Scuola Senze Fine – School Without End: Italian Women and the 150 Hour School Diploma Course
Led by Rose Gibbs
For this meeting we watch the film Scuola Senze Fine (School Without End), 1983, directed by Adriana Monti in collaboration with students from the 150 Hour Secondary School diploma course.
The 150 Hours Courses were an educational experiment implemented in Italy beginning in 1974, available to factory workers and farmers initially, and expanding to include women a couple of years later. The courses were non-vocational; they were not intended to improve one’s productivity at work, but rather to allow for personal and collective growth. The courses sought to help workers reflect not only upon their working conditions but also on their lives.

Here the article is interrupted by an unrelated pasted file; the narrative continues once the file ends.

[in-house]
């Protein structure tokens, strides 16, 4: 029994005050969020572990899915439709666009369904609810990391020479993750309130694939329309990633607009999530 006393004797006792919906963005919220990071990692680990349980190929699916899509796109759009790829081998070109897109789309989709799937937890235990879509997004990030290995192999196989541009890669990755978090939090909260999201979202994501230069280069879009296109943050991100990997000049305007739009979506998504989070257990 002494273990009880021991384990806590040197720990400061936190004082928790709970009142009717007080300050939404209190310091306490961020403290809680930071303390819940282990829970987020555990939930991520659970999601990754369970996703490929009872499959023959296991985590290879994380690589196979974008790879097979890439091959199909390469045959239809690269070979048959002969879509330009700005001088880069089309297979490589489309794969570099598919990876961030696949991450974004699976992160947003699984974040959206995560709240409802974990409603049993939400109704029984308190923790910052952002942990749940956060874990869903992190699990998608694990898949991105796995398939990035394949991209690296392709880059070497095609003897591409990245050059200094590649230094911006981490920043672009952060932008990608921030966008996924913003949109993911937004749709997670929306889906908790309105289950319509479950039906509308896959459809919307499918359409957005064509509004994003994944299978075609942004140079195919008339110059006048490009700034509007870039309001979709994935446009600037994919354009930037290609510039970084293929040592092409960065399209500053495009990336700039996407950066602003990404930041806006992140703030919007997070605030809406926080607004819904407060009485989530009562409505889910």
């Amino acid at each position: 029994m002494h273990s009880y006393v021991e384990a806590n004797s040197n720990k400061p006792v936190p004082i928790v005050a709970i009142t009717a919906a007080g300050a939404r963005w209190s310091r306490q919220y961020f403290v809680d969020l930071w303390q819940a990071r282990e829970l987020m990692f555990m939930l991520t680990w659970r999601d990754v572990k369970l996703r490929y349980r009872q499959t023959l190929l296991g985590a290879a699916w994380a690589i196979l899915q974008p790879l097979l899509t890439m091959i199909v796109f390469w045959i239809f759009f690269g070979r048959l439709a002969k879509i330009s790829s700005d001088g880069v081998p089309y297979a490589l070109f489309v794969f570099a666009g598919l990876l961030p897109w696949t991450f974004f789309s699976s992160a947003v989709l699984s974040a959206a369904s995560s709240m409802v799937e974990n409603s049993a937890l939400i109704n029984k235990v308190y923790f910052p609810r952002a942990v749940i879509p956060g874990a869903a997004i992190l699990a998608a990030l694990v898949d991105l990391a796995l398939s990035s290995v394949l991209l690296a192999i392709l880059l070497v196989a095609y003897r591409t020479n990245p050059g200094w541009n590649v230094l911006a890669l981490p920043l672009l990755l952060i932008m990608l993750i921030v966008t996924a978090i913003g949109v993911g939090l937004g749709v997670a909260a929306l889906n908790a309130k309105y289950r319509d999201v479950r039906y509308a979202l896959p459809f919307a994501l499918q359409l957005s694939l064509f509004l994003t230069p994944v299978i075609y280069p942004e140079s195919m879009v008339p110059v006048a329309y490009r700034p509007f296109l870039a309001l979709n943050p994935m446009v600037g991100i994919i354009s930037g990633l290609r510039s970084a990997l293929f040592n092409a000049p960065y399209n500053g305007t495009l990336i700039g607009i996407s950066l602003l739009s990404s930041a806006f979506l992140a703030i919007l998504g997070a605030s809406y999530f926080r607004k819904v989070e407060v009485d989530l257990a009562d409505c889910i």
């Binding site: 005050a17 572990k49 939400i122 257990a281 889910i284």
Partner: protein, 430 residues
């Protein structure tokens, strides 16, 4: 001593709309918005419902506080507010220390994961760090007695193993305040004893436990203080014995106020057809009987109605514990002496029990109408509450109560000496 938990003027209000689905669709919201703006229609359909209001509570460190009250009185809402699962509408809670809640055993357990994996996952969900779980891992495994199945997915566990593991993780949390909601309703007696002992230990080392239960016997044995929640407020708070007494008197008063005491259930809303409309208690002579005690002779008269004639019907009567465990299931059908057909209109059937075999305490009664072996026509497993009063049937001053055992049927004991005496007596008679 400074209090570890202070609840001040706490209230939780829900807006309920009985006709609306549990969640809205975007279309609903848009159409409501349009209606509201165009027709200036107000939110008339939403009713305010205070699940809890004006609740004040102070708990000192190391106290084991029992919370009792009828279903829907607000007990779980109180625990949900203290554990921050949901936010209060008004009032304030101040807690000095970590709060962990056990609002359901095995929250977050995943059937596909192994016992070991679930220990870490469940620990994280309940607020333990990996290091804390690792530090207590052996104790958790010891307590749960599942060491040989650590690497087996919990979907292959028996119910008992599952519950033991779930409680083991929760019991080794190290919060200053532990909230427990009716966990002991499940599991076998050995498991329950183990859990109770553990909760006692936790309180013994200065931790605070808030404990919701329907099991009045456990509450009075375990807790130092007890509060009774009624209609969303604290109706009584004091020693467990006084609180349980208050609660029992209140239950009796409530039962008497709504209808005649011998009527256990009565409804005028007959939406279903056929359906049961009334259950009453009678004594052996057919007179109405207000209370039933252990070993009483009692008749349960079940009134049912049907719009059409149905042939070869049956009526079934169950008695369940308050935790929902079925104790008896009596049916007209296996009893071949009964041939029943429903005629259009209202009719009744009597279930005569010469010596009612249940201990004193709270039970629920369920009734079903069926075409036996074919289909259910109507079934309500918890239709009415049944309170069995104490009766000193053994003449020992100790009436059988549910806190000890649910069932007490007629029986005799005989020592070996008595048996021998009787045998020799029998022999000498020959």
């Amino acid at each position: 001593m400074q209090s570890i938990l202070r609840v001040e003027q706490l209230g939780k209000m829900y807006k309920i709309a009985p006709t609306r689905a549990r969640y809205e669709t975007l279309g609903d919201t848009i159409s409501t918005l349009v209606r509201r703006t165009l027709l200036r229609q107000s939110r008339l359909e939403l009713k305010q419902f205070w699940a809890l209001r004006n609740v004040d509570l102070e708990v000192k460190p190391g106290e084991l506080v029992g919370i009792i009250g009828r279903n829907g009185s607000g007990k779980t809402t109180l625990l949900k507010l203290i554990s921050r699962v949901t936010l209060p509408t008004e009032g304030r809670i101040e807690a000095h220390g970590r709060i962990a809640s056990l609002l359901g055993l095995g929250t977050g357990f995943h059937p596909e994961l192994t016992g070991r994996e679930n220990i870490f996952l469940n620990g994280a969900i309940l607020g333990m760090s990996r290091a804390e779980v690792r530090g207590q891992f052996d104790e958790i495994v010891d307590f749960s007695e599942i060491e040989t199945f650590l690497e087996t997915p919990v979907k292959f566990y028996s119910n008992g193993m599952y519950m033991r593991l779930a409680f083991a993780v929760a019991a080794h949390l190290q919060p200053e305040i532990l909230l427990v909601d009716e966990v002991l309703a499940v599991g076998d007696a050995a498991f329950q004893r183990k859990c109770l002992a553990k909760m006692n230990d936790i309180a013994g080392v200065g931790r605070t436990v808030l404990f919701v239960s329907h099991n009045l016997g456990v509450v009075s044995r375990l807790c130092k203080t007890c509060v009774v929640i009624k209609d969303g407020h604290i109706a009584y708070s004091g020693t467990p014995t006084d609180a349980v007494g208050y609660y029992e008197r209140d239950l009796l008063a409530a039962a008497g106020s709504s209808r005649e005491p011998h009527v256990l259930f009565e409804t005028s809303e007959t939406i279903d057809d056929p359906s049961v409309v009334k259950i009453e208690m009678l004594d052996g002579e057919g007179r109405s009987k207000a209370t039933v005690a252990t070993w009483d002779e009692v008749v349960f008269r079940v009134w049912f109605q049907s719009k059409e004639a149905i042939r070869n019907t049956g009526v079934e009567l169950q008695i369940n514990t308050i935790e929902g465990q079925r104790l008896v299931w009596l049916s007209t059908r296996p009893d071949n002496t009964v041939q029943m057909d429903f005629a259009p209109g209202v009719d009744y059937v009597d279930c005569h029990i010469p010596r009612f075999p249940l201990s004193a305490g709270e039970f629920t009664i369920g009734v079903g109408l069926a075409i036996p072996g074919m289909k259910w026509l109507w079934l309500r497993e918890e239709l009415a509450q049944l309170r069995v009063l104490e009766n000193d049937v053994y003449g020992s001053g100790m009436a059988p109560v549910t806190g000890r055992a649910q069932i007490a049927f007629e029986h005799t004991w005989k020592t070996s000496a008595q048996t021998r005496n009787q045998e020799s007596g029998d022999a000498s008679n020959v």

Scuola Senza Fine shows how the experiment extended into the lives of women taking the course, most of whom were housewives. The film was produced in collaboration with these students as part of their studies for the class, turning the curriculum’s questions about the representation of women into questions about the representation of themselves. Director Adriana Monti put together a group of amateur women to make the film. The group of former housewives had completed a 150-hour secondary school diploma course in 1976 and did not want to stop learning after it ended. With the help of their teacher, they formed a study and research group. Monti shot the film about them from 1979–1981, with the first half of it being made collectively by the group.